"You can't tell me the system is better now than it was before Medicare," he said.
Coburn agreed that some people received poor care - or no care - before Medicare was enacted in the 1960s, but said communities worked together to make sure most people received needed medical attention.
He also conceded that doctors and hospitals often went unpaid for their efforts, or accepted baked goods or chickens in partial payment.
Coburn then rejected one townhall attendee's suggestion that President Obama wanted to destroy America but suggested that he wanted to create a culture of dependency because dependency worked out so well for him.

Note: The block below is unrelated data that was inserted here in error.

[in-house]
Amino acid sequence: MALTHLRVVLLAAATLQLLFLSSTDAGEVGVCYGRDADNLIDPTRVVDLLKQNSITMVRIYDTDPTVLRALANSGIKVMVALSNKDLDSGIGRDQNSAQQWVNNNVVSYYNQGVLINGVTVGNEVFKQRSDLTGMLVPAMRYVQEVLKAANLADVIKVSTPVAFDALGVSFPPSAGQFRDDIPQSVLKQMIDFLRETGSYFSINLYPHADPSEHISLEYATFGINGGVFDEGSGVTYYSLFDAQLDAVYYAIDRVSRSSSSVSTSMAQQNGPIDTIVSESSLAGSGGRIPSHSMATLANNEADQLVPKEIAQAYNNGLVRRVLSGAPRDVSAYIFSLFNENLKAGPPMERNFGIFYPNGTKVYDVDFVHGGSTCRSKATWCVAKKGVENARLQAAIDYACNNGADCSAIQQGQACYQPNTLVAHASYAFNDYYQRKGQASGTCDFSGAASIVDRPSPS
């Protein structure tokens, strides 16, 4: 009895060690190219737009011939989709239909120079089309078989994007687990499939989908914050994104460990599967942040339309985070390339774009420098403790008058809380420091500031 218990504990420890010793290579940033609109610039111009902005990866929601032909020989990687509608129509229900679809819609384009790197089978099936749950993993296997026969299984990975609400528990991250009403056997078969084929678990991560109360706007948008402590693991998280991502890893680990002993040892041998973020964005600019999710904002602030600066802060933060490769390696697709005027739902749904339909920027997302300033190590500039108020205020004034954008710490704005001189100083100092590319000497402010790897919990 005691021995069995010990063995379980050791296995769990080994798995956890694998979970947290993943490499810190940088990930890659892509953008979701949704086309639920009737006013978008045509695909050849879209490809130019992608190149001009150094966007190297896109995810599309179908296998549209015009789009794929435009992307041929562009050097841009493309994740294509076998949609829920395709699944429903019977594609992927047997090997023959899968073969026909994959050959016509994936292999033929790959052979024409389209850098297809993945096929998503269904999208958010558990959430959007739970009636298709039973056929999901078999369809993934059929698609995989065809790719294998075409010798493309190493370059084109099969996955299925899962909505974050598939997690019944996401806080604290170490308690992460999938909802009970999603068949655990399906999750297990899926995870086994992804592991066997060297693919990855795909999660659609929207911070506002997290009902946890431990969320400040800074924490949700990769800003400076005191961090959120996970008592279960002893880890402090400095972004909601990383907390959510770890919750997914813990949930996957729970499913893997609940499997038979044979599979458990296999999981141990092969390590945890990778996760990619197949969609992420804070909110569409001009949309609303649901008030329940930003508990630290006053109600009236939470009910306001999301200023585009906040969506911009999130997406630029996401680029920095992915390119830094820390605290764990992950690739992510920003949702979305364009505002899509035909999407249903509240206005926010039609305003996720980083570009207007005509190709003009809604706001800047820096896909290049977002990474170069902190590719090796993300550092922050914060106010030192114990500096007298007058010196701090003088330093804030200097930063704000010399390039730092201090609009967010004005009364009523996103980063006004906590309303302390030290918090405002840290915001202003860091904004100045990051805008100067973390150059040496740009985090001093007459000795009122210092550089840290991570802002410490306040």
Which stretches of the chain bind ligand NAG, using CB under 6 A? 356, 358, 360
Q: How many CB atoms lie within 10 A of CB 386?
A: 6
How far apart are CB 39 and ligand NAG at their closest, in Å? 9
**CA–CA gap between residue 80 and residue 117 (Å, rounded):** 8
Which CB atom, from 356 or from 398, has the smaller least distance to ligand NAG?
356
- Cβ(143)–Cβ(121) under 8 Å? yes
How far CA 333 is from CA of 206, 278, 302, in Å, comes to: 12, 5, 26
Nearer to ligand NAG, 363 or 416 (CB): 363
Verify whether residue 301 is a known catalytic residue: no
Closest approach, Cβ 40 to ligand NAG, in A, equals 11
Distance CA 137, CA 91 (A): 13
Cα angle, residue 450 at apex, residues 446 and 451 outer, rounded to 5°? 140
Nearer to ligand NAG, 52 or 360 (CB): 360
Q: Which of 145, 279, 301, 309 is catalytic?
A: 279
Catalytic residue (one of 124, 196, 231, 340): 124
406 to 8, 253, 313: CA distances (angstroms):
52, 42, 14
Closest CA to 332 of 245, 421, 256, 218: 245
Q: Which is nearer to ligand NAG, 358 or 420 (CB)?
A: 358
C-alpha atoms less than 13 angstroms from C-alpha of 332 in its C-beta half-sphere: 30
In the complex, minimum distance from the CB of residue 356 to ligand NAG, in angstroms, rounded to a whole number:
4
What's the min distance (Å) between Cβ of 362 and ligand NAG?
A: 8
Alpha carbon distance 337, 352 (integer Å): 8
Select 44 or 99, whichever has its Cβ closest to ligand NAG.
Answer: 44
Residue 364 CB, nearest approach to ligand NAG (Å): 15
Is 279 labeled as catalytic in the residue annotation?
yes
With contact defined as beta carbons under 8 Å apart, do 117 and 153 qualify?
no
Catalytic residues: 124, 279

Responding to a man in Langley who asked if Obama "wants to destroy America," Coburn said the president is "very bright" and loves his country but has a political philosophy that is "goofy and wrong."
Obama's "intent is not to destroy, his intent is to create dependency because it worked so well for him," he said.
"As an African-American male," Coburn said, Obama received "tremendous advantage from a lot of these programs."